The Disappearance of “CURE” from Modern Medicine

September 30, 2016

Do medicines cure? Can medicine cure? Last week, I reported that Webster’s New World Medical Dictionary does not contain the words cure, cured, cures, nor incurable. I thought it was an exception.  I was wrong. It’s not an exception, it’s the rule.

I’ve done some further checking.  The words “cure” and “incurable” do not appear in The Oxford Concise Medical Dictionary, Ninth Edition, 2015. They do not appear in The Bantam Medical Dictionary, Sixth Edition, 2009.  “Cure” does not appear in Barron’s Dictionary of Medical Terms, Sixth Edition, 2013, although “incurable” is defined as “being such that a cure is impossible within the realm of known medical practice“. Medical Terminology for Dummies, Second Edition, does not contain the word “cure”.

I have already noted that “cure” is not defined and not in the index of most, if not all major medical references, including: Merck’s Manual of Diagnosis and Therapy, Harrison’s Guide to Internal Medicine, and Lange’s Current Medical Diagnosis and Treatment. In consistent fashion the DSM 5, the Diagnostic and Statistical Manual of Mental Disorders does not contain the word “cure” in the index. Cured is not defined for mental illness.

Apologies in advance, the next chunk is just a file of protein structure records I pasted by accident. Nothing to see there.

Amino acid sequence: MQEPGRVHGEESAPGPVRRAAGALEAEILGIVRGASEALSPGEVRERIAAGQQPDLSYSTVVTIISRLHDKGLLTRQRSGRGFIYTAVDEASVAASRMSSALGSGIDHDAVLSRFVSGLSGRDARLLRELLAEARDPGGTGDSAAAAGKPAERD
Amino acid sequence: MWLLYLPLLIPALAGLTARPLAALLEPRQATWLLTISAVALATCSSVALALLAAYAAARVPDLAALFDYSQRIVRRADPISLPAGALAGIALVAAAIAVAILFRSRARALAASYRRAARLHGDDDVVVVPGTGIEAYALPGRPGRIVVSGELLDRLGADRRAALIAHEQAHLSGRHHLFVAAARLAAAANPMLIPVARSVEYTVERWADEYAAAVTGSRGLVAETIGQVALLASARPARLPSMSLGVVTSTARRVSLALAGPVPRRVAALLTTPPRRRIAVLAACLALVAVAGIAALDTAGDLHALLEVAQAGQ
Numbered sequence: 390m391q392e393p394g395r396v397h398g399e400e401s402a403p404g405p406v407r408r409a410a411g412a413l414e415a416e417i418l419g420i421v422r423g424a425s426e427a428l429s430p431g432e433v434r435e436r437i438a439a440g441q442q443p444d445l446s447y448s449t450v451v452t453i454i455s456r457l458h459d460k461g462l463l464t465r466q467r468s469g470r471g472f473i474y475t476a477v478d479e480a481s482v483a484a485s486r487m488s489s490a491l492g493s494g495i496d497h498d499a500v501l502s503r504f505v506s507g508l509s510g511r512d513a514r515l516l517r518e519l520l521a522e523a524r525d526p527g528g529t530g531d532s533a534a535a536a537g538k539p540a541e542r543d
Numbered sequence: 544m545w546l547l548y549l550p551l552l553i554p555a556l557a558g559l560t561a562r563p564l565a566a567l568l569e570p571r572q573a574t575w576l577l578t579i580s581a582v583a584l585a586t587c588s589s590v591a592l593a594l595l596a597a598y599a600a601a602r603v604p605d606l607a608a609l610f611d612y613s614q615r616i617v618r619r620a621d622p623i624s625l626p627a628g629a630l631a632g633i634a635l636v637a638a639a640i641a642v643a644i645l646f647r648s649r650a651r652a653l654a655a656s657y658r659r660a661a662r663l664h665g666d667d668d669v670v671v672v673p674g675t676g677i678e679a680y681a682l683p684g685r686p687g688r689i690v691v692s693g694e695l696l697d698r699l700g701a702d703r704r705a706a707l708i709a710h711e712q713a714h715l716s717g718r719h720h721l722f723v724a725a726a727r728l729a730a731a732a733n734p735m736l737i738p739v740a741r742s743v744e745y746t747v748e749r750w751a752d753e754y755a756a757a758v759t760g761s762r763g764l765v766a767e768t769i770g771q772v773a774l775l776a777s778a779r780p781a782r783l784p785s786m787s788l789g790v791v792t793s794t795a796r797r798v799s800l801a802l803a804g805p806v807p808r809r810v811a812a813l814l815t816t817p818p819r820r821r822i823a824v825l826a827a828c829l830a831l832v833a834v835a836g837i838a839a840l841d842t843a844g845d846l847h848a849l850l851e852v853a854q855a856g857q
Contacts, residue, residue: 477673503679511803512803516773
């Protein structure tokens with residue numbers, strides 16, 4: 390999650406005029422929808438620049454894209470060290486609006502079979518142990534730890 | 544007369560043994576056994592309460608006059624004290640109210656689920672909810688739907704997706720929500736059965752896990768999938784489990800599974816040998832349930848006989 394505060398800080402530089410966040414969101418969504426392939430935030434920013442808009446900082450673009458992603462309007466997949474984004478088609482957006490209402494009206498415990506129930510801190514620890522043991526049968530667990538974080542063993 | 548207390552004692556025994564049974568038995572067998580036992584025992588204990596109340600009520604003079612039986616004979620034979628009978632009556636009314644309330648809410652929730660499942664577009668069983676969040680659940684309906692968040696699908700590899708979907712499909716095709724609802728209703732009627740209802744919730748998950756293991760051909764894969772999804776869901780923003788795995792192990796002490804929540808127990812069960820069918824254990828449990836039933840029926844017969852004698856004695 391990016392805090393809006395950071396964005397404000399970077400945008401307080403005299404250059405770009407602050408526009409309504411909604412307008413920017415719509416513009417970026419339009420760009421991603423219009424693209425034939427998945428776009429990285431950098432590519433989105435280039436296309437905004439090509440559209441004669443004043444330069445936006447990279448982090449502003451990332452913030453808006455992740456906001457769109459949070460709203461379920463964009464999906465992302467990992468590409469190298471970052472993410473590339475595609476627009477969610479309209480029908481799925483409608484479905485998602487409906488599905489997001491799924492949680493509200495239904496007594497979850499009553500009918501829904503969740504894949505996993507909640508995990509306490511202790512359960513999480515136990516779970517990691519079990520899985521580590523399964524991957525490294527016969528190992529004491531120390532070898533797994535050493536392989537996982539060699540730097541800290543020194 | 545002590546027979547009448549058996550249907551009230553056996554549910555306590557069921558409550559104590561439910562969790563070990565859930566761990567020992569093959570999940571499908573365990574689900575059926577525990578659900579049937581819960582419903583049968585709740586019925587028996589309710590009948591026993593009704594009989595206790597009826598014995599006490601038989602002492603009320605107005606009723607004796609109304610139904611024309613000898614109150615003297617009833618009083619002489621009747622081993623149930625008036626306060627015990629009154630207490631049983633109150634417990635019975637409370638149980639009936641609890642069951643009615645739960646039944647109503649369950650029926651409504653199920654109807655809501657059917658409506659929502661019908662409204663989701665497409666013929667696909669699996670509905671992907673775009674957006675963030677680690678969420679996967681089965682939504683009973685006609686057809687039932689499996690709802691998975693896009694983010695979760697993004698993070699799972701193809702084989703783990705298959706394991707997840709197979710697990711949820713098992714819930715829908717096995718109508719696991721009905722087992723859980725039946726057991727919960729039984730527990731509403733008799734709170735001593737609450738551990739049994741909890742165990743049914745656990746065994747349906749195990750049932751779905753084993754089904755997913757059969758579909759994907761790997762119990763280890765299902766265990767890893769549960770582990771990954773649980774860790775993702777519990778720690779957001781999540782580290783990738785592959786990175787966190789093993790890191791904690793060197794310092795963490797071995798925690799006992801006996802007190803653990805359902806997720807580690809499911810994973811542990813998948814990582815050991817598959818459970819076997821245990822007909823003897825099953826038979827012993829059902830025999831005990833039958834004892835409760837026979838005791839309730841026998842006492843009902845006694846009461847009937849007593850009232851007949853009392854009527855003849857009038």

Seriously?  What is going on?  Cure is truly a forbidden four letter word in medicine. Why?
Today’s medical practice has serious challenges with the word cure.

There are cures, of course, and reference books like MERCK’s Manual of Diagnosis and Therapy occasionally refer to them as cures.  But much of the use of the word cure in MERCK, and other references, is inconsistent. “Cure” is not well defined in medicine.  A large number of the uses of the word ‘cure’ in MERCK are actually ‘incurable’ or ‘cannot be cured’. It is not scientifically possible to prove that a disease cannot be cured.

I have traced this back through many editions of MERCK. Even in the 1950s “cure” hardly appeared in MERCK, was not defined, and was not used consistently. I do not have resources farther back, except the original version of MERCK, where cures were commonly suggested, but as near as I can determine, never correctly. If you do have access to earlier versions of MERCK’s editions, I would appreciate your assistance to study this question.

It is interesting to take a simple illness: scurvy, for which the cure appears to be well known.  MERCK, Harrison’s, and Lange’s each contain entries for scurvy.  But all recommend treatments – and do not use the word cure.

Only one, MERCK, actually provides a cure – Harrison’s and Lange’s recommend a treatment that does not cure. According to the US FDA, you cannot claim a nutritional cure, for scurvy, or beriberi, unless you also “say how widespread such a disease is in the United States“. Cures are not defined by science, instead, they are “not defined” by politics.

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